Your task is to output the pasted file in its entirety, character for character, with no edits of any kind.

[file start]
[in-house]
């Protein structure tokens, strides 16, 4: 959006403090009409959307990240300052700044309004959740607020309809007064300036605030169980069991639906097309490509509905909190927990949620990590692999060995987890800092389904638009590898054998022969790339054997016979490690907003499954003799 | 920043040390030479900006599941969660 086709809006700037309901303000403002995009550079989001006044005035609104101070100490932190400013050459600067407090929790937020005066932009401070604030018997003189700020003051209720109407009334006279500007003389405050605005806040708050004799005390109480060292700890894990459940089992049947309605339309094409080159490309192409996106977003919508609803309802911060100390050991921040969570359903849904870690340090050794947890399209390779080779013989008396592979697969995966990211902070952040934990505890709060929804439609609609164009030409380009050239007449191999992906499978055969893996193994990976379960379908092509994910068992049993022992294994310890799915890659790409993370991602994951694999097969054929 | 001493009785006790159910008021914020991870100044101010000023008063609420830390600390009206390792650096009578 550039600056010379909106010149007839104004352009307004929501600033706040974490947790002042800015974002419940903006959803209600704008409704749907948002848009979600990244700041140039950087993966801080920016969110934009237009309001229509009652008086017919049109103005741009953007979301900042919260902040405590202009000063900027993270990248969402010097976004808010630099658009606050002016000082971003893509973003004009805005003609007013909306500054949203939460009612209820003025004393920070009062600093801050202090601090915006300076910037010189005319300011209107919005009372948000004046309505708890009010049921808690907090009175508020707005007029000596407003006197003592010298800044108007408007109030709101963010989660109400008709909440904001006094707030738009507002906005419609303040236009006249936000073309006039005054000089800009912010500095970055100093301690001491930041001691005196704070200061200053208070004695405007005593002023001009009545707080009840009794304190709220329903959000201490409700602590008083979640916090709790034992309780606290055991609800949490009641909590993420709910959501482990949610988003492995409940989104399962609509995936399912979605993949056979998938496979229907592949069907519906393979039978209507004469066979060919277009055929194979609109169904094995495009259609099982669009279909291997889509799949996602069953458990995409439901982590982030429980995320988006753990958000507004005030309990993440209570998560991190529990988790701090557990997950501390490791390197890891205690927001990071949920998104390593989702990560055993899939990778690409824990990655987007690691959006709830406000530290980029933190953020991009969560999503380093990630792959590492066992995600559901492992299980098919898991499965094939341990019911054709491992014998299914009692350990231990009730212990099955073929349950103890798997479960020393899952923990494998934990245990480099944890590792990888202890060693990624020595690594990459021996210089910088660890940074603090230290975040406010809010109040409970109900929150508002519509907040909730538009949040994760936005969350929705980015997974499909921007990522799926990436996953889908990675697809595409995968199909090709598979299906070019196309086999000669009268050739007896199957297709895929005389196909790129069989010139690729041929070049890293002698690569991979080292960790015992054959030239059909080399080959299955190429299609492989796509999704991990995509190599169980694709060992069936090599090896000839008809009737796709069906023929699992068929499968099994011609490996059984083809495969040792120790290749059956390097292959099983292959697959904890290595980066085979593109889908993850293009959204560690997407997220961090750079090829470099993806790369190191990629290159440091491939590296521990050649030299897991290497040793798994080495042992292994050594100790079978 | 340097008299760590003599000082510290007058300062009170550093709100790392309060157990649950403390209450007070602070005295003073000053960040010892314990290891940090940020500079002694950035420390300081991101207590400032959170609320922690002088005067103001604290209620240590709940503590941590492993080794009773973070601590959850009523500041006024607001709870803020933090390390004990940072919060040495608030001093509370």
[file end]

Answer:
[in-house]
């Protein structure tokens, strides 16, 4: 959006403090009409959307990240300052700044309004959740607020309809007064300036605030169980069991639906097309490509509905909190927990949620990590692999060995987890800092389904638009590898054998022969790339054997016979490690907003499954003799 | 920043040390030479900006599941969660 086709809006700037309901303000403002995009550079989001006044005035609104101070100490932190400013050459600067407090929790937020005066932009401070604030018997003189700020003051209720109407009334006279500007003389405050605005806040708050004799005390109480060292700890894990459940089992049947309605339309094409080159490309192409996106977003919508609803309802911060100390050991921040969570359903849904870690340090050794947890399209390779080779013989008396592979697969995966990211902070952040934990505890709060929804439609609609164009030409380009050239007449191999992906499978055969893996193994990976379960379908092509994910068992049993022992294994310890799915890659790409993370991602994951694999097969054929 | 001493009785006790159910008021914020991870100044101010000023008063609420830390600390009206390792650096009578 550039600056010379909106010149007839104004352009307004929501600033706040974490947790002042800015974002419940903006959803209600704008409704749907948002848009979600990244700041140039950087993966801080920016969110934009237009309001229509009652008086017919049109103005741009953007979301900042919260902040405590202009000063900027993270990248969402010097976004808010630099658009606050002016000082971003893509973003004009805005003609007013909306500054949203939460009612209820003025004393920070009062600093801050202090601090915006300076910037010189005319300011209107919005009372948000004046309505708890009010049921808690907090009175508020707005007029000596407003006197003592010298800044108007408007109030709101963010989660109400008709909440904001006094707030738009507002906005419609303040236009006249936000073309006039005054000089800009912010500095970055100093301690001491930041001691005196704070200061200053208070004695405007005593002023001009009545707080009840009794304190709220329903959000201490409700602590008083979640916090709790034992309780606290055991609800949490009641909590993420709910959501482990949610988003492995409940989104399962609509995936399912979605993949056979998938496979229907592949069907519906393979039978209507004469066979060919277009055929194979609109169904094995495009259609099982669009279909291997889509799949996602069953458990995409439901982590982030429980995320988006753990958000507004005030309990993440209570998560991190529990988790701090557990997950501390490791390197890891205690927001990071949920998104390593989702990560055993899939990778690409824990990655987007690691959006709830406000530290980029933190953020991009969560999503380093990630792959590492066992995600559901492992299980098919898991499965094939341990019911054709491992014998299914009692350990231990009730212990099955073929349950103890798997479960020393899952923990494998934990245990480099944890590792990888202890060693990624020595690594990459021996210089910088660890940074603090230290975040406010809010109040409970109900929150508002519509907040909730538009949040994760936005969350929705980015997974499909921007990522799926990436996953889908990675697809595409995968199909090709598979299906070019196309086999000669009268050739007896199957297709895929005389196909790129069989010139690729041929070049890293002698690569991979080292960790015992054959030239059909080399080959299955190429299609492989796509999704991990995509190599169980694709060992069936090599090896000839008809009737796709069906023929699992068929499968099994011609490996059984083809495969040792120790290749059956390097292959099983292959697959904890290595980066085979593109889908993850293009959204560690997407997220961090750079090829470099993806790369190191990629290159440091491939590296521990050649030299897991290497040793798994080495042992292994050594100790079978 | 340097008299760590003599000082510290007058300062009170550093709100790392309060157990649950403390209450007070602070005295003073000053960040010892314990290891940090940020500079002694950035420390300081991101207590400032959170609320922690002088005067103001604290209620240590709940503590941590492993080794009773973070601590959850009523500041006024607001709870803020933090390390004990940072919060040495608030001093509370």